Climate Change Brings the Tide to Farmers’ Doorsteps
Climate change is causing sea level rise and increased flooding that threatens North Carolina’s most fertile agricultural land with saltwater intrusion. NC State researchers are testing soils and developing field kits to help farmers adapt to climate change.
Some of the most agriculturally productive lands in North Carolina are found along the coast, but a rising tide threatens the future of the region.
Sea levels in the Albemarle-Pamlico Peninsula are rising at twice the national average. Hyde County, much of which sits a mere 1 to 5 feet above sea level, is projected to see 3 feet of sea level rise over the next 80 years. At the same time, the National Oceanic and Atmospheric Administration estimates that nuisance flooding events will increase fivefold. More saltwater is intruding on farmland and becoming saltier; salinity levels in some areas have doubled since the 1980s.
For the past two years, North Carolina State University’s Matt Ricker from the Department of Crop and Soil Sciences has led saltwater intrusion research under the Climate Adaptation through Agriculture and Soil Management program. His team is studying the impact of soil salinization on farms and the carbon sequestration capacity of the land. Their goal is to recommend management options for farmers to adapt to climate change in the coming decades.
Saltwater intrusion damages crops by compromising soil fertility with elevated soluble salt levels that can be toxic to plants. As a result, Ricker says, farmers are experiencing huge economic losses.
“Because of our agricultural diversity, variety in soil types and variations in tidal systems, we can’t really develop one silver bullet to address soil salinization,” Ricker says.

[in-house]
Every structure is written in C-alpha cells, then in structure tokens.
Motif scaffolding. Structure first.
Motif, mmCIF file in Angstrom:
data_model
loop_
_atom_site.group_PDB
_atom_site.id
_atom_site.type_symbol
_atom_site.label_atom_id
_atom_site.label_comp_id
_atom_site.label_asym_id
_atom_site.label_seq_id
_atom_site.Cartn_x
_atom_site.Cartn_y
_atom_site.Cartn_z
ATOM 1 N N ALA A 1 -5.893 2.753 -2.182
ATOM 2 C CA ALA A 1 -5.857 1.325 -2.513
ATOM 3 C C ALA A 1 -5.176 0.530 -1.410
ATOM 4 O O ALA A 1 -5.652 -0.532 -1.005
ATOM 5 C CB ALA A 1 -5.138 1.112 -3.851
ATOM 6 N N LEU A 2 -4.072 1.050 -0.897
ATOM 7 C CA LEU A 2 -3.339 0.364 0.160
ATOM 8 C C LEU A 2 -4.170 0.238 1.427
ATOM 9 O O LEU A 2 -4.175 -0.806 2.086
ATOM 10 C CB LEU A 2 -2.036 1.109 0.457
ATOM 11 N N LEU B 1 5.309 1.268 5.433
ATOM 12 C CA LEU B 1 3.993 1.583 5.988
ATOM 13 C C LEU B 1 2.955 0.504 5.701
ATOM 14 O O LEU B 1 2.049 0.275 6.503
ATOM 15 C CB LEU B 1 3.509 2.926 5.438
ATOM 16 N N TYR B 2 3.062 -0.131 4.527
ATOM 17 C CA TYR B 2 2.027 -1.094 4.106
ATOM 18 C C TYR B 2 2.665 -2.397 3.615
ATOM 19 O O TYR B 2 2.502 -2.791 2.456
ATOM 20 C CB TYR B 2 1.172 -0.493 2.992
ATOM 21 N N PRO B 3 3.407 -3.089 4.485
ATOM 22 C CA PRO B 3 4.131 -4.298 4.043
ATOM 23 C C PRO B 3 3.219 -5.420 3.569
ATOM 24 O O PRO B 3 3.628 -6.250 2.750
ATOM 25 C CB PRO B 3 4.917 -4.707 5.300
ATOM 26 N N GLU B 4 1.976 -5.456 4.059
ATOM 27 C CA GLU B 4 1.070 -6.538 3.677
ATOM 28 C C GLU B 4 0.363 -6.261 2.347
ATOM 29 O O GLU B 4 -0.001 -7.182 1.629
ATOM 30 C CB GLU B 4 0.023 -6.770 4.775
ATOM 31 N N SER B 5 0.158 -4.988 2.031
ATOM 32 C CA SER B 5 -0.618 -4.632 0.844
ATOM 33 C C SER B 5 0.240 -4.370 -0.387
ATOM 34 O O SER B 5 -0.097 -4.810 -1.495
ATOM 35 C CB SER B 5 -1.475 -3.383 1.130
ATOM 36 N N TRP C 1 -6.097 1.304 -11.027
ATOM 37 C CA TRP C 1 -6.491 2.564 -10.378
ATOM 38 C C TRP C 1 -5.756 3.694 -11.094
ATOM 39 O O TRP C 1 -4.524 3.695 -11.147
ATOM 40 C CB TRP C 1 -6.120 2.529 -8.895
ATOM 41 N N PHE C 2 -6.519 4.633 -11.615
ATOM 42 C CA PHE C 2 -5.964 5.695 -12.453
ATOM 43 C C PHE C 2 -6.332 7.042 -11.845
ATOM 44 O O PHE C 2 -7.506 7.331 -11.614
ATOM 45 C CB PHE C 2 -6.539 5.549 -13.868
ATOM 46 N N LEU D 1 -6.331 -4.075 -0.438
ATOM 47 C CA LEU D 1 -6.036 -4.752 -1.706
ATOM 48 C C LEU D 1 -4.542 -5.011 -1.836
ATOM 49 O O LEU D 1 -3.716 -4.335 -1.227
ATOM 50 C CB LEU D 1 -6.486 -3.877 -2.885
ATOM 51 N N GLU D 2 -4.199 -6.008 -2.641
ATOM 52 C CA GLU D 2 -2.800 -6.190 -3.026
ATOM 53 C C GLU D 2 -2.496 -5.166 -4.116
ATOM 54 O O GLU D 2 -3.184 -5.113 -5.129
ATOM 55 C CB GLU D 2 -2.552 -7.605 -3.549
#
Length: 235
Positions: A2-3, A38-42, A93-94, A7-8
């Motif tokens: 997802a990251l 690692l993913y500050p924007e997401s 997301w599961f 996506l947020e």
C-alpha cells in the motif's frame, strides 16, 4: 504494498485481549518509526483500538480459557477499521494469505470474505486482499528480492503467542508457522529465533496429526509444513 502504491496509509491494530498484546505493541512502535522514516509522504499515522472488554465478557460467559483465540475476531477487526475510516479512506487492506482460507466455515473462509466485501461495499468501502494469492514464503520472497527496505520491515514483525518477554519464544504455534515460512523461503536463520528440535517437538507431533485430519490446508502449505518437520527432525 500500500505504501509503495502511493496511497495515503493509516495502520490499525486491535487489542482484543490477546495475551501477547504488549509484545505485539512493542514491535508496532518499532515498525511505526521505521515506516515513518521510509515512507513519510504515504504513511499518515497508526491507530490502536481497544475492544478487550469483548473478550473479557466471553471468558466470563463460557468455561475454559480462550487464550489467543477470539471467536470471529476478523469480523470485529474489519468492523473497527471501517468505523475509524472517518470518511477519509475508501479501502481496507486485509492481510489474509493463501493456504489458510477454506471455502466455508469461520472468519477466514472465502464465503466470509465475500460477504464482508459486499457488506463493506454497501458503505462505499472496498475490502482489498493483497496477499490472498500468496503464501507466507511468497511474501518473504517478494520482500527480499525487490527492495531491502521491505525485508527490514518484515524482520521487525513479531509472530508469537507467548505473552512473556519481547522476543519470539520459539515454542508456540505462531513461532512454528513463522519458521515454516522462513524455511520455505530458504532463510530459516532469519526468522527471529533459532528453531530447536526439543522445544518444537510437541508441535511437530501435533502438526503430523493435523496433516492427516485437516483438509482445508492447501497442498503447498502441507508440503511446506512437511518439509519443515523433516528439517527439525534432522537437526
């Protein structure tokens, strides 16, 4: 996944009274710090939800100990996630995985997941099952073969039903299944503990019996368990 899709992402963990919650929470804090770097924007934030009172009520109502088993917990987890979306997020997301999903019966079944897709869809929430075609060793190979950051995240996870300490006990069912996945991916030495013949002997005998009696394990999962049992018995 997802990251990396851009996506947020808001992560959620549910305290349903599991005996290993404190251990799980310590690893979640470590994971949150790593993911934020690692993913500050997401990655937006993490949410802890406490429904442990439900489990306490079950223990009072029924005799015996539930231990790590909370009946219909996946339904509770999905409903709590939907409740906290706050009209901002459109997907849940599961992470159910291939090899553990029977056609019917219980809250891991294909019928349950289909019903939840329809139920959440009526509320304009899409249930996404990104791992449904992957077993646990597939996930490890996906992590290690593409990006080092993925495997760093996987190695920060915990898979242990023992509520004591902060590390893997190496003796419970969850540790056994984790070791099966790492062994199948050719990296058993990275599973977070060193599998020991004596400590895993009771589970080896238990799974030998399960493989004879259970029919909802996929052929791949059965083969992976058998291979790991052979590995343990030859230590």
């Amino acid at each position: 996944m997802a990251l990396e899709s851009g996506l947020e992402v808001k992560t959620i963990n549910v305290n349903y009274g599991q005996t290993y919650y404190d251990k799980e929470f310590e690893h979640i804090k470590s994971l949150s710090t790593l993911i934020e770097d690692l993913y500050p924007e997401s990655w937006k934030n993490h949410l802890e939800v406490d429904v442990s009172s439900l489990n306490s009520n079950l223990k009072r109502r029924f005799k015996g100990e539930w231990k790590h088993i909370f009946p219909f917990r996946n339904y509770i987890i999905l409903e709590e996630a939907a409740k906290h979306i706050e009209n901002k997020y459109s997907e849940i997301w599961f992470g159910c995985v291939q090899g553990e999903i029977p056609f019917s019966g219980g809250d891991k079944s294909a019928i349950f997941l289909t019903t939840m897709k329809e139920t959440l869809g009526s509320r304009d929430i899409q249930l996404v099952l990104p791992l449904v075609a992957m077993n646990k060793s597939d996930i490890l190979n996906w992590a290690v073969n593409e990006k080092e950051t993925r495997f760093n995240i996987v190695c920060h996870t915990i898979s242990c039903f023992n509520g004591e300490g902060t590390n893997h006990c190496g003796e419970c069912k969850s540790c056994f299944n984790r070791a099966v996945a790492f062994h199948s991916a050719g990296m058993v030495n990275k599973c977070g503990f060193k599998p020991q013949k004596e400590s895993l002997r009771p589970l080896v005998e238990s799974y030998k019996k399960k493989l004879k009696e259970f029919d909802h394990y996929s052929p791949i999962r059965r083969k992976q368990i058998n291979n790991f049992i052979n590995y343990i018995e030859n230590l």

Climate change is forcing farmers to ask tough questions: Should they grow different crops, sell waterlogged land, transform portions into wetlands or move on from farming altogether?
But Ricker and his colleagues had to start somewhere. The team has taken 165 soil samples and conducted drone surveys to correlate salt levels with crop damage. These data sets have allowed them to develop rapid soil testing field kits that estimate sodium levels within 40 minutes. Once farmers have targeted soil salinization data, they can apply soil amendments to prevent further damage.
Beyond testing and amendment recommendations, Ricker and his team are flooding soil samples from Hyde County with saltwater to mimic NOAA’s predictions and determine soil salt limits. “Once you get to a certain threshold of salt in the soil, you need to start thinking about salt-tolerant varieties and then maybe alternative crops,” Ricker says.
Climate change, he says, is forcing farmers to ask tough questions: Should they grow different crops, sell waterlogged land, transform portions into wetlands or move on from farming altogether? Their answers could alter the farming landscape in North Carolina’s coastal regions.